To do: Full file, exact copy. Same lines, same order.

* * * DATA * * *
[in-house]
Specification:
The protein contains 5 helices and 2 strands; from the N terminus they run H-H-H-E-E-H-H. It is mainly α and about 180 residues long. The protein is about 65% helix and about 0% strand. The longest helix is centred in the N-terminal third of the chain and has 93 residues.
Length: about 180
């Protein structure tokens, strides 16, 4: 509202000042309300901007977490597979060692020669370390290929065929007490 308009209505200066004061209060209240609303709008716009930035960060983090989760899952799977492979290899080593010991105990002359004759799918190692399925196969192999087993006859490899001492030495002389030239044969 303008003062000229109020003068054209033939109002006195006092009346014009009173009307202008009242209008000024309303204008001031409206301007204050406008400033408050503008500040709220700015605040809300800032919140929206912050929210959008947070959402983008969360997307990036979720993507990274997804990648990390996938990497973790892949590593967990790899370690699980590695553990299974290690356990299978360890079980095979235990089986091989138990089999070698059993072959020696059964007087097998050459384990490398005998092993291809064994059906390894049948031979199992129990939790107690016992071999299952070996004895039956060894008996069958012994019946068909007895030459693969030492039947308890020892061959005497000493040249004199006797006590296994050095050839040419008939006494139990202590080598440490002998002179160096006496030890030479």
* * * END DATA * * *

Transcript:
[in-house]
Specification:
The protein contains 5 helices and 2 strands; from the N terminus they run H-H-H-E-E-H-H. It is mainly α and about 180 residues long. The protein is about 65% helix and about 0% strand. The longest helix is centred in the N-terminal third of the chain and has 93 residues.
Length: about 180
């Protein structure tokens, strides 16, 4: 509202000042309300901007977490597979060692020669370390290929065929007490 308009209505200066004061209060209240609303709008716009930035960060983090989760899952799977492979290899080593010991105990002359004759799918190692399925196969192999087993006859490899001492030495002389030239044969 303008003062000229109020003068054209033939109002006195006092009346014009009173009307202008009242209008000024309303204008001031409206301007204050406008400033408050503008500040709220700015605040809300800032919140929206912050929210959008947070959402983008969360997307990036979720993507990274997804990648990390996938990497973790892949590593967990790899370690699980590695553990299974290690356990299978360890079980095979235990089986091989138990089999070698059993072959020696059964007087097998050459384990490398005998092993291809064994059906390894049948031979199992129990939790107690016992071999299952070996004895039956060894008996069958012994019946068909007895030459693969030492039947308890020892061959005497000493040249004199006797006590296994050095050839040419008939006494139990202590080598440490002998002179160096006496030890030479």